Second Third

The second third shows a lot of similarities to that of the first third. I am getting that sweetened tip profile with some grass and peppery spice. There are some nutty qualities now emerging and the finish is of dry wood and earth. Like before, the cigar is mild to medium in strength, body and flavors.

Second Third

Sweet cedar through the retrohale, with grass taking up the middle of the profile. Earthy tones push into the middle as the cigar settles in. In the bottom half, grass takes over the post draw, with sweetness accenting the middle of the profile.

Second Third

The second thirds flavor profile is more focused such that there is deeper nuttiness, cedar and hay qualities. I’m also picking up a hint of dried green vegetation as well. On the finish, the sweet tip is still lingering on the lips, and in turn the palate. Strength and body remains mild.

Final Third

The final third continues on with the charred wood, mustiness and dry earth. At a quarter inch in, the char has mellowed a fair amount. At a half inch in, a vegetal note joins the profile. The retrohale is musty wood and dry earth. As the cigar comes to a close, the profile remains slightly charred and musty wood, dry earth and a vegetal note. The strength in this third dropped back down to medium.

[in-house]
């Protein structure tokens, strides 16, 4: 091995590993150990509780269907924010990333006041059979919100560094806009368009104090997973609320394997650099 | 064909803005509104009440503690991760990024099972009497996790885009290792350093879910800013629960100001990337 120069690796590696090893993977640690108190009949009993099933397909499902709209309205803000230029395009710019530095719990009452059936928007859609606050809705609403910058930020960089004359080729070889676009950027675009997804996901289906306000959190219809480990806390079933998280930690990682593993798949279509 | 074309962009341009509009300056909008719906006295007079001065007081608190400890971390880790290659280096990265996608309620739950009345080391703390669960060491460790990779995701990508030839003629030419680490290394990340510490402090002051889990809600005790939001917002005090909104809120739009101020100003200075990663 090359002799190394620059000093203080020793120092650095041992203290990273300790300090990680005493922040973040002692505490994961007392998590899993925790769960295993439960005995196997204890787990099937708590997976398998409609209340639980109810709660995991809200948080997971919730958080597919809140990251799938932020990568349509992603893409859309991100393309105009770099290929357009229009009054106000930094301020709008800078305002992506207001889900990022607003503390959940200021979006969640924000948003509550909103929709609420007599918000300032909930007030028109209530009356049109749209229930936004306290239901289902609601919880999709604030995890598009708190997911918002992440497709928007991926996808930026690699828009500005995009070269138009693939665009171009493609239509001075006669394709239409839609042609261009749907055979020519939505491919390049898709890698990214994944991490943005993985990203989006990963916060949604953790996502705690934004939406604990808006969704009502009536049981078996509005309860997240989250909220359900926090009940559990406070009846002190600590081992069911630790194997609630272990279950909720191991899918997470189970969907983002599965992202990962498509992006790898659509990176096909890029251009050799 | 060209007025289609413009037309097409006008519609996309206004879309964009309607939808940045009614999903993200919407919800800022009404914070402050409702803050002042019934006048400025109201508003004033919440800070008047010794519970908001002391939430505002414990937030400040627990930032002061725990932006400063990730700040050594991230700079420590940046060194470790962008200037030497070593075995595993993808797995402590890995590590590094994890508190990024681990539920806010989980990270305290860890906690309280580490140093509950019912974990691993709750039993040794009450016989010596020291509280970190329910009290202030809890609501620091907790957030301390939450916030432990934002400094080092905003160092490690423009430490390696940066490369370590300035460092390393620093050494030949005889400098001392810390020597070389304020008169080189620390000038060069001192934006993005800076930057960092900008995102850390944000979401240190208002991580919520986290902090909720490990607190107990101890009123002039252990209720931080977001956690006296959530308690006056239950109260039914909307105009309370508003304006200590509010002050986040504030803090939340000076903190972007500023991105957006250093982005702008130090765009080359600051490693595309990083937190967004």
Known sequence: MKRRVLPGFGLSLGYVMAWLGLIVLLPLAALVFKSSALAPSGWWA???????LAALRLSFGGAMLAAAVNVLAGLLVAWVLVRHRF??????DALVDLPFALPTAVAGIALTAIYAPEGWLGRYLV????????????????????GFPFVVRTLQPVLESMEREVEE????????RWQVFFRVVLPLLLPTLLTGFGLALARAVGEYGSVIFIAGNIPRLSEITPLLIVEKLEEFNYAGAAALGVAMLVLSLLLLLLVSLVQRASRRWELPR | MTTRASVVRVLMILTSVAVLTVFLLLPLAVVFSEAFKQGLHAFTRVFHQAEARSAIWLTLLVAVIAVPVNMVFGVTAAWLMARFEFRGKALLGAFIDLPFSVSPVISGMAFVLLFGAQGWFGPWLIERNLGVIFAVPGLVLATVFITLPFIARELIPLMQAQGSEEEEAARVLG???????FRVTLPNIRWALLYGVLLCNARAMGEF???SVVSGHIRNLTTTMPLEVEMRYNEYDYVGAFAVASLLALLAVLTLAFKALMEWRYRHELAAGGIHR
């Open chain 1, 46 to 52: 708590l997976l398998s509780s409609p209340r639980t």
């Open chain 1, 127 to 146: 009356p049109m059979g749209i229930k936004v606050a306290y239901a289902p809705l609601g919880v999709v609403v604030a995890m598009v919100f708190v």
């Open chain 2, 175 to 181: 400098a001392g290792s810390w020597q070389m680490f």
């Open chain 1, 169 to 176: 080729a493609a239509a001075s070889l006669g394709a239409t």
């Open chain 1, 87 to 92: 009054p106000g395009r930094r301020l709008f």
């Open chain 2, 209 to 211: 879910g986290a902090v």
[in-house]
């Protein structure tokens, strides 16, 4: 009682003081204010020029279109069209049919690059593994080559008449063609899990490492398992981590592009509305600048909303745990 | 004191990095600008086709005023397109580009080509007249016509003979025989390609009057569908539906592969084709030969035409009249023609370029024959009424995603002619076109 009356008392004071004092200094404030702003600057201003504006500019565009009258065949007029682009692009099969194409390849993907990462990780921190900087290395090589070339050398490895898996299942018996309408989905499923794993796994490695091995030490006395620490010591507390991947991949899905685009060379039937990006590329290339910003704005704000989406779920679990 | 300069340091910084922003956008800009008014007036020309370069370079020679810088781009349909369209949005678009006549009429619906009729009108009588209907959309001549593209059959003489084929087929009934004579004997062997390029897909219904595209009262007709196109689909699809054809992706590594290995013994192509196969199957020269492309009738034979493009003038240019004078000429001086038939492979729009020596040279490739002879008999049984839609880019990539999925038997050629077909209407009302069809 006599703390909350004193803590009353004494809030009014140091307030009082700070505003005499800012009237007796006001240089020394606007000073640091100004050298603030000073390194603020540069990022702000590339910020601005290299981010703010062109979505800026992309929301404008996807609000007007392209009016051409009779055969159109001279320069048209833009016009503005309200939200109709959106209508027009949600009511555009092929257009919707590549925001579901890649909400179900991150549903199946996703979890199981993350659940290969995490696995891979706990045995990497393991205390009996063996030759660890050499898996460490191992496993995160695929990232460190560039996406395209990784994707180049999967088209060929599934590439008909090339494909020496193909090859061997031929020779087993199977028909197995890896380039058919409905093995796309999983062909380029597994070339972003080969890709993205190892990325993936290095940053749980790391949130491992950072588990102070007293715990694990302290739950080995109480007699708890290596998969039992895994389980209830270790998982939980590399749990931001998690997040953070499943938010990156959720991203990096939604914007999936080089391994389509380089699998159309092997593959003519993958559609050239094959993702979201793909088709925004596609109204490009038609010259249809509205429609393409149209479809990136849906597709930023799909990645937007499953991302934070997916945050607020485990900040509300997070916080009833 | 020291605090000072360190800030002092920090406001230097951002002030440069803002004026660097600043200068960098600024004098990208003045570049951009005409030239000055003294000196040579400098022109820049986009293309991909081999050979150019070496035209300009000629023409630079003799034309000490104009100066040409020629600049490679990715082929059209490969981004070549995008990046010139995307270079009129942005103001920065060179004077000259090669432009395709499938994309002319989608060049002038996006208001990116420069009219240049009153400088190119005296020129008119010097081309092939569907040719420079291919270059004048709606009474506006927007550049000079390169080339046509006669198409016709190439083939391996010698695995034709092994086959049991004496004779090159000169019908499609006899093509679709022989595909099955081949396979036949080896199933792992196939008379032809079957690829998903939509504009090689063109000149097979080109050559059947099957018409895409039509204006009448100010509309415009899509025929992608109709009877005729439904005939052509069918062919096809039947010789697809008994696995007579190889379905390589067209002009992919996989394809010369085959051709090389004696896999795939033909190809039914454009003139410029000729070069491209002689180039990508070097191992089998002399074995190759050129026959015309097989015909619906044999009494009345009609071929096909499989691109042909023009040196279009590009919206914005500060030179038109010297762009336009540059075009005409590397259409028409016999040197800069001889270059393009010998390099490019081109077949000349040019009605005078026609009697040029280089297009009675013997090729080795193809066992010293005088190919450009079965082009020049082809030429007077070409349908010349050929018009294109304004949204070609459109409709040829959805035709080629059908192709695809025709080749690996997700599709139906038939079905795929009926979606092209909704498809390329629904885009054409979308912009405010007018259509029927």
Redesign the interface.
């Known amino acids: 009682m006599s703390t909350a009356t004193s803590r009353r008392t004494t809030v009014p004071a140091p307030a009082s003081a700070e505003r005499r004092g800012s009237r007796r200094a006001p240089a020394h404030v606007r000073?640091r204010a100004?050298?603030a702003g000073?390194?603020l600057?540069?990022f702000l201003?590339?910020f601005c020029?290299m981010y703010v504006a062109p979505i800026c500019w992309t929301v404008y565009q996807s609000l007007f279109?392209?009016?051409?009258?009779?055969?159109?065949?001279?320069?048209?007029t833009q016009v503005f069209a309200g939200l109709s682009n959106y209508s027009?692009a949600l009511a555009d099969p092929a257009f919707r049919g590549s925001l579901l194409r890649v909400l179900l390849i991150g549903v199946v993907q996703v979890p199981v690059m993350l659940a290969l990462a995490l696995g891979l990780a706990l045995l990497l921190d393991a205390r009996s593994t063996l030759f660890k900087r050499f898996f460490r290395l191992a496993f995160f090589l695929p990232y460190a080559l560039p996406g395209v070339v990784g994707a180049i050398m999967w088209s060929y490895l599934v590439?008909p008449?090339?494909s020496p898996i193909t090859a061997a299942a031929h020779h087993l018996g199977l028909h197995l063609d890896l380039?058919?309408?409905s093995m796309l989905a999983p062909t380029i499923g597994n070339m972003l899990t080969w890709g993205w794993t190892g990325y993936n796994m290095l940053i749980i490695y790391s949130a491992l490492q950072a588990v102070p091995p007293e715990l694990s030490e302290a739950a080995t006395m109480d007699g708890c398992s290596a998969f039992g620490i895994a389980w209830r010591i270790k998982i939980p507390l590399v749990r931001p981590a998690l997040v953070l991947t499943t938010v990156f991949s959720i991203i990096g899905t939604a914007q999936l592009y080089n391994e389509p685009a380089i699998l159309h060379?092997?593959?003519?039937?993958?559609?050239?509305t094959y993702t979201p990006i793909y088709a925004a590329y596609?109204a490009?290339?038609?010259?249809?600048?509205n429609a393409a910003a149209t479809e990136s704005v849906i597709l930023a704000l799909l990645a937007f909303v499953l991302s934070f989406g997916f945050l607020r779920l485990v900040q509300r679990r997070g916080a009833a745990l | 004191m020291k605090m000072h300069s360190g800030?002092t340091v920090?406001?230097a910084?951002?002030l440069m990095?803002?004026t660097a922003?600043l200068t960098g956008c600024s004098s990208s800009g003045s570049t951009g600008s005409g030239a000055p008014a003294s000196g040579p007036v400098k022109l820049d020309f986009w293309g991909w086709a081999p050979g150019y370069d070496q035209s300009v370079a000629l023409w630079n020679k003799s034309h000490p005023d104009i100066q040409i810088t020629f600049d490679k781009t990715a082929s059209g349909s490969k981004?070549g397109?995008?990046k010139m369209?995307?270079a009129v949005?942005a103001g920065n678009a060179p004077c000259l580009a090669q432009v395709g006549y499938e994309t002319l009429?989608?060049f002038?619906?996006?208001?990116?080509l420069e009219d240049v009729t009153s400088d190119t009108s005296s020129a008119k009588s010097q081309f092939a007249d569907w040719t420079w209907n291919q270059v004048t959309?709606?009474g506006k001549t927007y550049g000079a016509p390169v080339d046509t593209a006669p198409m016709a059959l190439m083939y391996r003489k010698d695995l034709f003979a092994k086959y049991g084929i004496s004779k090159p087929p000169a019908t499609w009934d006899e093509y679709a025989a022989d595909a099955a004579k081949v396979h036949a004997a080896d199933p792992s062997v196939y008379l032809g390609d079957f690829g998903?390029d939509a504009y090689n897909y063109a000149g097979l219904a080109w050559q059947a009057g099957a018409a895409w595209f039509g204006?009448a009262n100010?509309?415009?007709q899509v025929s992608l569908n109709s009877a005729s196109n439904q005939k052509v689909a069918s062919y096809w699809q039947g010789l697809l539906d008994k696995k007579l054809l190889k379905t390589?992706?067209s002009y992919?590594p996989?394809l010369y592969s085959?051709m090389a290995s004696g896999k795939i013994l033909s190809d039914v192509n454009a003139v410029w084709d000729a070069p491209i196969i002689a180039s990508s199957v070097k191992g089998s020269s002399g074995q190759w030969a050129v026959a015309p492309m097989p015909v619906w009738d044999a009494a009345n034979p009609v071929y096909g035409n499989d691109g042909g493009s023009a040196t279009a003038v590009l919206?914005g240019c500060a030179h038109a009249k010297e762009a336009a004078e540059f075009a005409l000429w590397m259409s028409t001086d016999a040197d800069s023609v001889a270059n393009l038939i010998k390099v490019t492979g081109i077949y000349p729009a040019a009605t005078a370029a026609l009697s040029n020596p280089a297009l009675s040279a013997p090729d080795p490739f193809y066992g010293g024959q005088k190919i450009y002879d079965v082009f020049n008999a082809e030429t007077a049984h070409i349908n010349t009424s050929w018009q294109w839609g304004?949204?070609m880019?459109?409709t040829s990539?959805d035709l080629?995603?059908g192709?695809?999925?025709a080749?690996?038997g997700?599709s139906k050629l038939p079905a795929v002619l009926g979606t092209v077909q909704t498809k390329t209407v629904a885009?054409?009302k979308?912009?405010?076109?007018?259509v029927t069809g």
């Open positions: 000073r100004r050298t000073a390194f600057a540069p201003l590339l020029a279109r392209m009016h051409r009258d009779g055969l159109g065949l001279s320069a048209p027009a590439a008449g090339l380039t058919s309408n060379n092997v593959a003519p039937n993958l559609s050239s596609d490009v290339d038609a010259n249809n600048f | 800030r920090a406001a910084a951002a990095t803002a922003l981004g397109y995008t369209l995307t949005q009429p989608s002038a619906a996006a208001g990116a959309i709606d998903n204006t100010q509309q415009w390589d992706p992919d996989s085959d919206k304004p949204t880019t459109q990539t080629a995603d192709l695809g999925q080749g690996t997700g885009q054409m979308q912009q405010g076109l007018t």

Final Third

The final third is nearly identical to that of the second third and I am surprised the sweetness has held on this long. I am getting some nutty, peppery and grass flavors with a finish of dry earth and wood. Like before, mild to medium in strength, body and flavors.

Final Third

Sweet, grassy retrohale leading into the last third. There is a grass and earth combination to finish each draw. Mild sweetness accents the end of the draw, but has a short finish. Grass takes over the middle of the profile and intensifies to medium-full by the halfway point, taking over the palate. Post draw earth joins not long after, bringing some char with it. As the last third progresses, that post draw earthiness intensifies to medium plus.

Final Third

The final third picks up sharpness and harshness in the form of charred and burnt notes. These notes essentially has an overcast on the other flavors. Strength and body finishes mild.

Burn

The burn was a bit wavy and required some touch-ups due to the wrapper cracking and expanding and not burning with the rest of the cigar. It also went out once, requiring a re-light.

Burn

The burn was very good from start to finish. No problems at all.

Burn